The visual turn in history has expanded the archive beyond the mass of official images that were always a part of it to include the wider world of visual materials circulating in culture more broadly. From a drawing in of heterodox familial, religious, commercial, and political images has come a widening of historians’ engagements with anthropology, art history, and media studies, and a dramatic shift in how we think with images, how we “read” them. If they are no longer to be viewed as inert evidentiary objects that merely support arguments that have been crafted largely with texts—what Carlo Ginzburg once called a “physiognomic” reading of artistic material—then how do images function differently from texts? Indeed if images are now understood to not only bear histories of their own but actually generate questions of their own, how do they allow historians to intervene in existing historiographic debates, and, perhaps most importantly, offer a different “sensibility” to the politics of the past? Kama Maclean’s A Revolutionary History of Interwar India: Violence, Image, Voice and Text takes on a question that pioneers of the visual turn in South Asian history Christopher Pinney and Sumathi Ramaswamy had already signposted—how does one explain the enormous presence of revolutionary figures in popular visual culture versus their relative marginality in the actual historiography of the anticolonial struggle? Maclean offers a compelling history of revolutionary activity in the 1920s and 1930s in which, firstly, she considers the visual repertoire of the revolutionaries as integral to their very strategies of anticolonial resistance, and, secondly, she seeks to unsettle the presumed opposition between violence and nonviolence, the revolutionaries and the Gandhian Indian National Congress party, that renders the former peripheral to the history of Indian nationalism. With a focus on the Hindustan Socialist Republican Army (HSRA) and its most charismatic figure, Bhagat Singh, the chapter entitled “That Hat” is arguably the most vital of the book. In this chapter Maclean traces the making of the most widely recognizable image of Bhagat Singh, as a Western-dressed young man in a rakish hat—an iconic image comparable to Alberto Korda’s 1960 photograph of Che Guevara, “Guerrillero Heroico,” to show its integral role in the revolutionary politics of colonial India. The author suggests that Singh (and fellow revolutionaries) self-consciously posed for photographic portraits in studios. They then organized for the dissemination of copies of these images to the nationalist press, just before they undertook the Legislative Assembly bombing in April 1929. As one such portrait, the image by which Bhagat Singh is best known to us is no accident—it was crafted with political purpose. It is here that Maclean’s attention to the details of revolutionary organizing, the pragmatics and binds of secrecy versus the imperatives of dissemination and mobilization, is the most illuminating. It is a strength in the rest of the book as well. As an underground movement, the HSRA knew their burst of violent action on the one hand gave them a dramatic stage for their ideas, and on the other hand risked their being cast out as simply “terrorists” without an ideology. If their action was going to be effective as an anticolonial force they had to subvert the heavy hand and heavy censorship of the colonial state. In anticipation of Singh’s arrest, trial, and death sentence, it was his photograph that secured life after death, by offering an image of a “martyr” with unabashed youth and charm, and in western dress. As such, Singh’s photograph, taken with his full awareness of his anticipated death, thwarts the association of violence with terrorism and places in circulation instead the heroic iconography of martyrdom. Another image stands out from the book—it is of Gandhi baring his chest to reveal the faces of Bhagat Singh and two other revolutionaries, as if they are close to his heart, albeit in concealment (fig. 53 ). Maclean argues that the textual archive, including Gandhi’s article “Cult of the Bomb” (Young India, January 2, 1930) and HSRA’s rejoinder, makes the opposition between Congress and the revolutionaries appear much more pronounced than it was. This, she proposes, was an opposition carefully cultivated so that Congress could deny knowledge of the revolutionary movement in its negotiations with the colonial state. In actuality, the two were much more deeply intertwined, as the fusions in popular visual imagery suggests. In addition to images, Maclean draws on oral histories that were recorded with former revolutionaries after independence, and this provides another kind of personal narrative that elucidates relationships on the ground. It has been generally understood that most members of the HSRA came into politics through participation in the Gandhi-led noncooperation movement of the 1920s, and who then radicalized when Gandhi controversially called off the movement, after his followers burned down a police station at Chauri Chaura (107). The oral histories, including those with women in the movement, suggest that this process of radicalization did not mean a severing of ties with the Congress, and many continued active participation in the nationalist party, and remained connected through family and friends. Indeed, many in the Congress were in turn sympathetic to or inspired by the young revolutionaries. Some, like Motilal Nehru, were even crucial to funding them. Given Motilal Nehru’s seniority in Congress, his role is quite noteworthy, as it complicates the view that it was only the young in the Congress, such as his son Jawaharlal, who were drawn to the youth and charisma of the revolutionaries. Instead Maclean carefully documents the wide-ranging support the revolutionaries received after the bombing, despite public denunciations of the attack, and their profound impact on Congress proceedings. For Maclean, moments such as Singh’s hunger strike in jail to demand fair treatment as a political prisoner, or when Gandhi’s resolution of August 6, 1931, to denounce political violence won only by a very narrow margin, underscore that violent and nonviolent actions were not “rivals” in the anticolonial struggle, and their dynamic invigorated the Congress and catapulted it into demanding purna swaraj, or full independence from colonial rule. While A Revolutionary History brings the vitality of popular imagery to bear upon a reconsideration of interwar revolutionary movements, as a history that takes the visual seriously, the author’s “reading” of dense images is often trite (e.g., “this is angry art” ). This analysis of images may be tied to Maclean’s understanding of violence and nonviolence as “actions,” as a set of strategies, rather than as ethics that may only be articulated in relation to each other or with an already shared conception of sacrifice, courage, and self-discipline. Thus, the arrangement of political figures in popular liturgical, didactic, and even humorous compositions; the representation of violence in a political theology of martyrdom; and the meanings of nonviolence in visual form receive surface treatment and do not engage a rethinking of the very concepts of anticolonial resistance that may exceed the framings of nationalism. Therefore, in bringing the revolutionary movements into the ambit of nationalism, Maclean may have risked losing some of the insurgent potential of both Gandhian nonviolence and revolutionary violence, and of the popular dialogue between them. © The Author 2018. Published by Oxford University Press.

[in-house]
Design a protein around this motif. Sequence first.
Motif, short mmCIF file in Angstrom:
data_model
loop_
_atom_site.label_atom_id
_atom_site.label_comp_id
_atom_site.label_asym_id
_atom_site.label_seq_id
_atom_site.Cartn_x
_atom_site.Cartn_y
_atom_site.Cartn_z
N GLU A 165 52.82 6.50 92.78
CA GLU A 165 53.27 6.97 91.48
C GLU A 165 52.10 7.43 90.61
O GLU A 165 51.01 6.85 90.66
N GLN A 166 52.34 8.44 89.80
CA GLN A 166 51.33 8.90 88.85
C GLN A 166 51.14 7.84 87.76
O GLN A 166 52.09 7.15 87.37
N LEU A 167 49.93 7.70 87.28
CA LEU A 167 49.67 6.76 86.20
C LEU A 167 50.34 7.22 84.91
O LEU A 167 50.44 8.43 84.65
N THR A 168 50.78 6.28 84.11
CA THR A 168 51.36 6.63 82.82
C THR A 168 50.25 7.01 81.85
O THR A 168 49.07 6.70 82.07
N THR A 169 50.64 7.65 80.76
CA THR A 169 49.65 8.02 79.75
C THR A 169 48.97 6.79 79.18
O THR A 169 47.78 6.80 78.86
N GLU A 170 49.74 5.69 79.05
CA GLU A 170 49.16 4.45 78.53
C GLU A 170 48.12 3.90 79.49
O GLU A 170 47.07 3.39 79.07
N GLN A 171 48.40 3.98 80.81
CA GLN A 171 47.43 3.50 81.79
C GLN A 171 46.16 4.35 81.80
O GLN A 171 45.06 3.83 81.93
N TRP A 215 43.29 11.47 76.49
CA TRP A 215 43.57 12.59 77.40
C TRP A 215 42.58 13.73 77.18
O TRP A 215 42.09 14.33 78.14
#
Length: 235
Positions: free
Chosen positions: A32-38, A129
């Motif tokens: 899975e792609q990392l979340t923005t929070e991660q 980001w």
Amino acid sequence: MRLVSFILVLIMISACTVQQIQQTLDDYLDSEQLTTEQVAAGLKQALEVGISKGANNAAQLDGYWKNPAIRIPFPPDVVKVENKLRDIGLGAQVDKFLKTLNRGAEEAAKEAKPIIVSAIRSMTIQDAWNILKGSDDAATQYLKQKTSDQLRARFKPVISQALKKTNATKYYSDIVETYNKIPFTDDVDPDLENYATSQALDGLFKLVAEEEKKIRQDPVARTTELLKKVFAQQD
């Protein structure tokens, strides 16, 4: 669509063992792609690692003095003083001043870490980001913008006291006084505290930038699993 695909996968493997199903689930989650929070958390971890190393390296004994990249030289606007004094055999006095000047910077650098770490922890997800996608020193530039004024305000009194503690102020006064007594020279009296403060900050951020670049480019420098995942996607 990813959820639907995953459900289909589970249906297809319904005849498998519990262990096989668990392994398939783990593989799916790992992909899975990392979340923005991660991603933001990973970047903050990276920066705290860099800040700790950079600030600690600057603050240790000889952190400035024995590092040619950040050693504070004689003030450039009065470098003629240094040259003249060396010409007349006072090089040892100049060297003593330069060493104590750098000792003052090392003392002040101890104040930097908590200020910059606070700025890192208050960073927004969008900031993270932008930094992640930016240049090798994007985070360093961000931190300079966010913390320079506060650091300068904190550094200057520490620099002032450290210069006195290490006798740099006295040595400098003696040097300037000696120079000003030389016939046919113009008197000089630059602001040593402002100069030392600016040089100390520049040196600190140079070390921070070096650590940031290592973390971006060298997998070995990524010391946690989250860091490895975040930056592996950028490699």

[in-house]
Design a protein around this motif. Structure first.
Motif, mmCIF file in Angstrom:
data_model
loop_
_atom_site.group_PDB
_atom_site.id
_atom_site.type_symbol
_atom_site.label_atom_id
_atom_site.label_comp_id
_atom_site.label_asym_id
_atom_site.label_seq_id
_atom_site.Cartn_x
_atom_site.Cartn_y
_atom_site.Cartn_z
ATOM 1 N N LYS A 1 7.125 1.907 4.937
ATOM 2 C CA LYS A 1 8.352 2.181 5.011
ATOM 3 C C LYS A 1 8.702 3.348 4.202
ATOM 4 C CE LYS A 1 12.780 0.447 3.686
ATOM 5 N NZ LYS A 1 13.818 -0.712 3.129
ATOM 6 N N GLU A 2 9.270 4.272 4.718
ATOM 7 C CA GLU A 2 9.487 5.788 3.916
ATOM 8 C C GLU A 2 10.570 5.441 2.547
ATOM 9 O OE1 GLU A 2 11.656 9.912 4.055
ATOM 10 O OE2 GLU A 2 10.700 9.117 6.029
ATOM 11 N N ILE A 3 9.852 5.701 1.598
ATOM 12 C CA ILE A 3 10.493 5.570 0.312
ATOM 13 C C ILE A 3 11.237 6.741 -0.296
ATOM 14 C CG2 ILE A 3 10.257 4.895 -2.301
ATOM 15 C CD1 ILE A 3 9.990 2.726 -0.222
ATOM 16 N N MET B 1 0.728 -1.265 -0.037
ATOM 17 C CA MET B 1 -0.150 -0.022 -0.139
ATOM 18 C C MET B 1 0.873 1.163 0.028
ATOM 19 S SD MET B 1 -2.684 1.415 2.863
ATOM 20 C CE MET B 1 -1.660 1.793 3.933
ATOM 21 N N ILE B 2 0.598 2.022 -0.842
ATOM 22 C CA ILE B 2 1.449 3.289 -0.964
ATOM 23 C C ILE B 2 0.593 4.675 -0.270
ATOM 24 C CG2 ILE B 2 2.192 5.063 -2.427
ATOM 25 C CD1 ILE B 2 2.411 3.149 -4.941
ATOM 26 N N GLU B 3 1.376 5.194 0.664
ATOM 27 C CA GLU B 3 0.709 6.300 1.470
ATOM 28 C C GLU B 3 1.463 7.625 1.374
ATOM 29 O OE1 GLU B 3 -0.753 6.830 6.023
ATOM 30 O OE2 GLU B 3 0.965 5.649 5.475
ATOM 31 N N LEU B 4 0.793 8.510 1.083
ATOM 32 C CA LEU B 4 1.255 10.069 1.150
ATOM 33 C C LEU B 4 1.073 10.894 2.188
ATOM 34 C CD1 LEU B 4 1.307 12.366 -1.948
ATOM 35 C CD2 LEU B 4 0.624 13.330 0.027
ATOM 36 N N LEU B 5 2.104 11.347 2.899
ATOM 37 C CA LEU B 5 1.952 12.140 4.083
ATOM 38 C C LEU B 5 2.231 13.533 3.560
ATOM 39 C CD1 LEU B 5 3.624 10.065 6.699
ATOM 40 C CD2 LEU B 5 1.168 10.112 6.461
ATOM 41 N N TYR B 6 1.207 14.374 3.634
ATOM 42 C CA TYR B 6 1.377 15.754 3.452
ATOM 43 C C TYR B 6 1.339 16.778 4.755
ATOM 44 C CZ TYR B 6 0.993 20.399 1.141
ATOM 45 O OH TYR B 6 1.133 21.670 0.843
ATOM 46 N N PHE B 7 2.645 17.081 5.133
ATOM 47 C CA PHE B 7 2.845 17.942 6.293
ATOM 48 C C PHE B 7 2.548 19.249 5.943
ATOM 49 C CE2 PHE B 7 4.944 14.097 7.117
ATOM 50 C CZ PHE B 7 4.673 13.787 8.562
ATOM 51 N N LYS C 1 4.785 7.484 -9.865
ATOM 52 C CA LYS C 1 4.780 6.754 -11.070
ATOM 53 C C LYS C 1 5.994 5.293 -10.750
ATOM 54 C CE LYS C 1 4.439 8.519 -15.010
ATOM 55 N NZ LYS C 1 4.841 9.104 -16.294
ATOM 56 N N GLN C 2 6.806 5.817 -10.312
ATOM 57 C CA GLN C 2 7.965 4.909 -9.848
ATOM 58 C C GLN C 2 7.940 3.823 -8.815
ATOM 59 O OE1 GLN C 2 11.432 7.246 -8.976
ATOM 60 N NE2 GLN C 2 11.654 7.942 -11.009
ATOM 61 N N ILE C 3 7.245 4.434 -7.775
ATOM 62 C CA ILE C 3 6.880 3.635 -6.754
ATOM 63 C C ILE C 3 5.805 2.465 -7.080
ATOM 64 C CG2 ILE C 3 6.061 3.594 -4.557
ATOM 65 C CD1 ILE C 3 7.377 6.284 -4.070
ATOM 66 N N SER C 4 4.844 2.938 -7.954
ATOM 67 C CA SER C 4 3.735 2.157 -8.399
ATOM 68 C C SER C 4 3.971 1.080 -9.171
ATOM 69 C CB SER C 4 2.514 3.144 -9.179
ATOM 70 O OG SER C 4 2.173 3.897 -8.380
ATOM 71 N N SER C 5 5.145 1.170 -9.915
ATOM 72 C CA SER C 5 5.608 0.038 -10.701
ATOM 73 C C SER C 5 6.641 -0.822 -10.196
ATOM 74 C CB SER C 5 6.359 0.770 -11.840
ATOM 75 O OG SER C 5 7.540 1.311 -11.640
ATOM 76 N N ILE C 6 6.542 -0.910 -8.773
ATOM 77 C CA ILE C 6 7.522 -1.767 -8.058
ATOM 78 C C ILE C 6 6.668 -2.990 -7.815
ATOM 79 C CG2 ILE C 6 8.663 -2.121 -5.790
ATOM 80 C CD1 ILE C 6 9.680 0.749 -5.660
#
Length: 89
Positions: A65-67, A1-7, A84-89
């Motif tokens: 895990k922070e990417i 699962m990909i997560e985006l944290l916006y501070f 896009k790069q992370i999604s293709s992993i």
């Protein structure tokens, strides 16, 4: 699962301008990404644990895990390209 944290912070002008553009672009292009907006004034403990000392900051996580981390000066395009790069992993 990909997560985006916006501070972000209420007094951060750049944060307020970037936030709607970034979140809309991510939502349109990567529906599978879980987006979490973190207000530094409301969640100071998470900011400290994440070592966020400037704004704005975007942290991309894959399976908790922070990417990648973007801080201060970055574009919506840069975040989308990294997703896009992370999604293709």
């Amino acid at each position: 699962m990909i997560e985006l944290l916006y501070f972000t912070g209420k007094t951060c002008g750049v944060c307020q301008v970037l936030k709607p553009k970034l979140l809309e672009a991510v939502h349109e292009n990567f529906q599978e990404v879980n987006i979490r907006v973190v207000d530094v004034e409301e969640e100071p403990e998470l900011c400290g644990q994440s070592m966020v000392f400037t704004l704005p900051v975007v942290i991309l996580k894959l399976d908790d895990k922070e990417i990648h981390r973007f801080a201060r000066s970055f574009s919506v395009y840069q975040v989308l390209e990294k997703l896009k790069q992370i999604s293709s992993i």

The American Historical Review – Oxford University Press
Published: Feb 1, 2018